Beginner’s Guide to Carbon Offsets

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Sometimes a person, family, company, city, or nation can not reduce the amount of carbon dioxide they release into the atmosphere from burning fossil fuels as much as they wish they could. They may desire to be “carbon neutral” and not add more carbon dioxide to the atmosphere, so they pay someone else to take as much carbon dioxide out of the atmosphere as they put in. For example, a town whose energy comes from a coal burning power plant, a power plant that puts carbon into the atmosphere, may decide to pay an organization thousands of miles away to plant trees in the tropics, trees that take carbon out of the atmosphere. This is called a carbon offset or a carbon credit. Several different types are described below.

Carbon Offsets Used to Plant Trees
Some people offset their carbon emissions by planting trees. There are several different ways that trees are used as carbon offsets. Trees may be planted in an area where trees had not grown before (a process called aforestation) or where trees used to grow but were cut down some time ago (a process called reforestation). Sometimes carbon credits are sold for not cutting existing trees down. For example, some carbon offsets fund programs that get people in developing nations to use more fuel efficient stoves that burn 30-50% less wood. This saves trees, trees that would have been cut down for use in the lower efficiency stoves.

Does planting trees really reduce carbon in the atmosphere? Trees take carbon out of the atmosphere by the process of photosynthesis. Planting trees, lots of trees, has the potential to take 100 Gigatonnes of carbon out of the atmosphere by 2050 according to the 2001 report by the Intergovernmental Panel on Climate Change. That’s a lot of carbon. However, it is only 10-20% of the carbon that is projected to be released into the atmosphere through burning of fossil fuels over the same timeframe.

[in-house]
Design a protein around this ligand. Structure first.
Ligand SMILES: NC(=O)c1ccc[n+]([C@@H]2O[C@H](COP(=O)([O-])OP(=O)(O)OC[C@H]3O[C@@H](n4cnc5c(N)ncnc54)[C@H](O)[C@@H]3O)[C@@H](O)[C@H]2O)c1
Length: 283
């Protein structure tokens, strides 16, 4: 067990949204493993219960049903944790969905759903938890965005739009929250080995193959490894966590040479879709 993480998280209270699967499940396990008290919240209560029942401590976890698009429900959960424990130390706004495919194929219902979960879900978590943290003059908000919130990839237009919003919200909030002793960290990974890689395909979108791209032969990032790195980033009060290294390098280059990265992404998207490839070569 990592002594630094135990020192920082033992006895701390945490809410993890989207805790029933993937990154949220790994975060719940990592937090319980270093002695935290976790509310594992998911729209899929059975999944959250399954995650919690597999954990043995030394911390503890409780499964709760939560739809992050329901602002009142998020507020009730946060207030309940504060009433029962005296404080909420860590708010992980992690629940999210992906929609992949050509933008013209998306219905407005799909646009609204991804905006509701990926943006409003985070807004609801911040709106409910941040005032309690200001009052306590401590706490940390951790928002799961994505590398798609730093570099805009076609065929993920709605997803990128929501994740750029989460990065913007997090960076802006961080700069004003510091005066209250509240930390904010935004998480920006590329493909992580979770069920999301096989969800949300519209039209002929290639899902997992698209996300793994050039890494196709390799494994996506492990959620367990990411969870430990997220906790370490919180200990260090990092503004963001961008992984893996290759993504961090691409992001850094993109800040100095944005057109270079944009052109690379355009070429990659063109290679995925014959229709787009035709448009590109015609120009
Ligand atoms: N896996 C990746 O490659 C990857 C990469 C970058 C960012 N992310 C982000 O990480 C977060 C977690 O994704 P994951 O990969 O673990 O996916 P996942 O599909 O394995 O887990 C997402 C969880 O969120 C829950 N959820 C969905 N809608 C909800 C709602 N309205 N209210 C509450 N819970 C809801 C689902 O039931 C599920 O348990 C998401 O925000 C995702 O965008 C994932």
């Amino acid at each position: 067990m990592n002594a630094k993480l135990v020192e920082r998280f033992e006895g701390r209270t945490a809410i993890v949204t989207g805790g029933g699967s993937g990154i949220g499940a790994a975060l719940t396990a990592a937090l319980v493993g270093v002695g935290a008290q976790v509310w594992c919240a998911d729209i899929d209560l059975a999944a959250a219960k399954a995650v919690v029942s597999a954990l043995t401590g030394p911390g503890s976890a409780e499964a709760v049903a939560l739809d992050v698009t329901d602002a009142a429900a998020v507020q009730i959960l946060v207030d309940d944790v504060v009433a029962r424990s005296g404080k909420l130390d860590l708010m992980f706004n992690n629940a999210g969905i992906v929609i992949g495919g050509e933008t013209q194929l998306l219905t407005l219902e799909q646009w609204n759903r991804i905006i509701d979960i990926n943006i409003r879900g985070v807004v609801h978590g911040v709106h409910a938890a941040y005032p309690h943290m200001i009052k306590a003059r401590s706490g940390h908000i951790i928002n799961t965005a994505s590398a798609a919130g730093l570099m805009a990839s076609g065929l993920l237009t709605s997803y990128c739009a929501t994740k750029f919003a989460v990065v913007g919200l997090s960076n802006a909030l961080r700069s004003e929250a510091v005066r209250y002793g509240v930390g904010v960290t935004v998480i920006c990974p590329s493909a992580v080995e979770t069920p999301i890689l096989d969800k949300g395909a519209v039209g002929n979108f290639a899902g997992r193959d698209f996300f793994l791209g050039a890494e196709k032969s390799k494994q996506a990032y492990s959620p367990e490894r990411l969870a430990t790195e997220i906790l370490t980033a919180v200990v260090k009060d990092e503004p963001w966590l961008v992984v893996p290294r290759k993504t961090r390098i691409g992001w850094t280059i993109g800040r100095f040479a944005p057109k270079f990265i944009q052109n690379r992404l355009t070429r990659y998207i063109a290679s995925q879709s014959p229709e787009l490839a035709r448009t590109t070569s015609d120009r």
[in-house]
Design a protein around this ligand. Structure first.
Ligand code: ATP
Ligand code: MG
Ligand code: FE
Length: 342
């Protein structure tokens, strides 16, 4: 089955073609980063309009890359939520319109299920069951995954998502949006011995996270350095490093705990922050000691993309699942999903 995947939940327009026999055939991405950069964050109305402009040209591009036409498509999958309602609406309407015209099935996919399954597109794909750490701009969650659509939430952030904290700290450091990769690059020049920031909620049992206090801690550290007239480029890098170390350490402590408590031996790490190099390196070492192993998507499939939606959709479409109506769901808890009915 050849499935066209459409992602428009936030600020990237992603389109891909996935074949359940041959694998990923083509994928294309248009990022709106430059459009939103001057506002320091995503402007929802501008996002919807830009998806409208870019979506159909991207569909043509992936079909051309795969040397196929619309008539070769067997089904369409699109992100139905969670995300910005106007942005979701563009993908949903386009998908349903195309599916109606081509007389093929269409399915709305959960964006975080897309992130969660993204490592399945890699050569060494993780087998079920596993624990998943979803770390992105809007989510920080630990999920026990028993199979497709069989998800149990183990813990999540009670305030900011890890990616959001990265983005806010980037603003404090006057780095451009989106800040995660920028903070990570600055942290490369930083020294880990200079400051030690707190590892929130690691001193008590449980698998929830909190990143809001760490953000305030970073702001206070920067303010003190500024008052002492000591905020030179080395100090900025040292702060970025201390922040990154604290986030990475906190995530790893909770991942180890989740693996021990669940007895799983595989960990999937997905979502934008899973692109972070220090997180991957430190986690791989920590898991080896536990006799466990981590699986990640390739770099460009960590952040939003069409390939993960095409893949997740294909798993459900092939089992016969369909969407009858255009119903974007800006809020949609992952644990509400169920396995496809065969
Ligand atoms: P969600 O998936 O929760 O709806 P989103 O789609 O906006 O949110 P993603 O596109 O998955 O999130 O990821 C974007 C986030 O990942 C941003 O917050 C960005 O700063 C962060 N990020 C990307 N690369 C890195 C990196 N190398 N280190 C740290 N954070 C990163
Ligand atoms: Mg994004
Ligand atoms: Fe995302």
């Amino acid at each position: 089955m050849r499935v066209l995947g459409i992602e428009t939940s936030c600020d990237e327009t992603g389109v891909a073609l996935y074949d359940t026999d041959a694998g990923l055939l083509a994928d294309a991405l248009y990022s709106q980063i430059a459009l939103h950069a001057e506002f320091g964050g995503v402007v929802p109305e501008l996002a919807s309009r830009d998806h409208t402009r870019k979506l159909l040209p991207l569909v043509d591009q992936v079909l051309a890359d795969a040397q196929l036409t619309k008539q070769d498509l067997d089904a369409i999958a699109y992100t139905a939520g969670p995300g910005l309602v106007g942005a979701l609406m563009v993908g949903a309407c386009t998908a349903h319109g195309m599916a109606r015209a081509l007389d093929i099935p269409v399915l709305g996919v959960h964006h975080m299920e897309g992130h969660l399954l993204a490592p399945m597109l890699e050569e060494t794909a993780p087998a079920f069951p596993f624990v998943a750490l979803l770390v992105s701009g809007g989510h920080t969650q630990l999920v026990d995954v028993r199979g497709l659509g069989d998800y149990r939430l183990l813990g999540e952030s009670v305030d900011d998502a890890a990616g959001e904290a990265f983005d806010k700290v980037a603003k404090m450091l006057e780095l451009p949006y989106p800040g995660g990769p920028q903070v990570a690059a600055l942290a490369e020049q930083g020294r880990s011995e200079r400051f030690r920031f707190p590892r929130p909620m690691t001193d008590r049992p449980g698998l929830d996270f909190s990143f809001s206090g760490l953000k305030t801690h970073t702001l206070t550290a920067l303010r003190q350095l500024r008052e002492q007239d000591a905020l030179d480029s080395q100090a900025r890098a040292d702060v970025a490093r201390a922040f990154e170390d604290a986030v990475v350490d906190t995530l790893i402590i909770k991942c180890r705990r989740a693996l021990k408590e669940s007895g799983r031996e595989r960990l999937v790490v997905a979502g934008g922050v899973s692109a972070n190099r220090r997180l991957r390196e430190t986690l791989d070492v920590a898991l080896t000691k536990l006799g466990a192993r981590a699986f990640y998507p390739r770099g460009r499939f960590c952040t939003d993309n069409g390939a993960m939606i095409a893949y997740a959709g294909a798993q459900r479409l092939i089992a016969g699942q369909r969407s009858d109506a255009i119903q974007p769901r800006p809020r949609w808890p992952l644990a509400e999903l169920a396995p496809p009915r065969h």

While all plants do photosynthesis and thus take carbon from the atmosphere, trees are particularly efficient at this, taking up more carbon than grasses, flowers, cacti, and other types of plants. By doing this, trees decrease the amount of greenhouse gases in the atmosphere, and so more trees can have a cooling effect on global climate. However, this carbon-uptake is not the only way that trees affect climate. Forests can also warm the Earth by adding water vapor, another greenhouse gas, to the atmosphere. Plus, forests are dark in color, thus have a low albedo, and absorb solar energy. In high latitudes, forests can cover snow, preventing the snow from reflecting solar energy back out to space. All these complicating factors mean that not all trees are created equal when it comes to their effect on Earth’s climate. Thankfully, scientists have been researching how all these factors work together. They have found that the location of tree planting efforts has an effect on the climate. Tree planting in the humid tropics has a cooling effect on global climate because trees grow faster in the topics and remove, on average, 50 pounds (22 kg) of carbon dioxide from the atmosphere each year. Plus, there is little change to the amount of solar energy absorbed. At mid-latitudes, tree planting has little effect on global climate. At high latitudes, tree planting has been shown to warm climate due to the change in the amount of solar energy absorbed in areas where snow cover used to reflect the energy out to space.